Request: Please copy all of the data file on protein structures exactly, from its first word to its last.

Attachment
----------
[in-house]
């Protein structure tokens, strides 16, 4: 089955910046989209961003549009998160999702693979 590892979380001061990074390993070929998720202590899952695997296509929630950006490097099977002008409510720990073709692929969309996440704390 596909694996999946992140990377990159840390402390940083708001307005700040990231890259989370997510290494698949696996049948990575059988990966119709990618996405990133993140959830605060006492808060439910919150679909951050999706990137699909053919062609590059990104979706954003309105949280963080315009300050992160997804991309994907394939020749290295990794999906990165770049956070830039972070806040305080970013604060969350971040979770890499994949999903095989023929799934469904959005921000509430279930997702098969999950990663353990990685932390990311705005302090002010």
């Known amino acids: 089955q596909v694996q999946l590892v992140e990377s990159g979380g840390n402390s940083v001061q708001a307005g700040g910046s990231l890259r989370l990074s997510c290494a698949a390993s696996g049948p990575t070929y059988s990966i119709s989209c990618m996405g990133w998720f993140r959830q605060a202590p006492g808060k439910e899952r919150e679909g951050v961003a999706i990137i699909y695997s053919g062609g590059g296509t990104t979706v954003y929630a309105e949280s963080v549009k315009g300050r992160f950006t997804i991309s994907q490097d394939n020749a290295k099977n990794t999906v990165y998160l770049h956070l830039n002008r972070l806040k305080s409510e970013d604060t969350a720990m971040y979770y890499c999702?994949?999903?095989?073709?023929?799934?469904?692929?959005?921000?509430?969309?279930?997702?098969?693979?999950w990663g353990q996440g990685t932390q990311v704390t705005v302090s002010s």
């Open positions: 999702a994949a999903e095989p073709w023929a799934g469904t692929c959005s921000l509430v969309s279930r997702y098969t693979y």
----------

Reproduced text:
[in-house]
């Protein structure tokens, strides 16, 4: 089955910046989209961003549009998160999702693979 590892979380001061990074390993070929998720202590899952695997296509929630950006490097099977002008409510720990073709692929969309996440704390 596909694996999946992140990377990159840390402390940083708001307005700040990231890259989370997510290494698949696996049948990575059988990966119709990618996405990133993140959830605060006492808060439910919150679909951050999706990137699909053919062609590059990104979706954003309105949280963080315009300050992160997804991309994907394939020749290295990794999906990165770049956070830039972070806040305080970013604060969350971040979770890499994949999903095989023929799934469904959005921000509430279930997702098969999950990663353990990685932390990311705005302090002010």
């Known amino acids: 089955q596909v694996q999946l590892v992140e990377s990159g979380g840390n402390s940083v001061q708001a307005g700040g910046s990231l890259r989370l990074s997510c290494a698949a390993s696996g049948p990575t070929y059988s990966i119709s989209c990618m996405g990133w998720f993140r959830q605060a202590p006492g808060k439910e899952r919150e679909g951050v961003a999706i990137i699909y695997s053919g062609g590059g296509t990104t979706v954003y929630a309105e949280s963080v549009k315009g300050r992160f950006t997804i991309s994907q490097d394939n020749a290295k099977n990794t999906v990165y998160l770049h956070l830039n002008r972070l806040k305080s409510e970013d604060t969350a720990m971040y979770y890499c999702?994949?999903?095989?073709?023929?799934?469904?692929?959005?921000?509430?969309?279930?997702?098969?693979?999950w990663g353990q996440g990685t932390q990311v704390t705005v302090s002010s």
């Open positions: 999702a994949a999903e095989p073709w023929a799934g469904t692929c959005s921000l509430v969309s279930r997702y098969t693979y």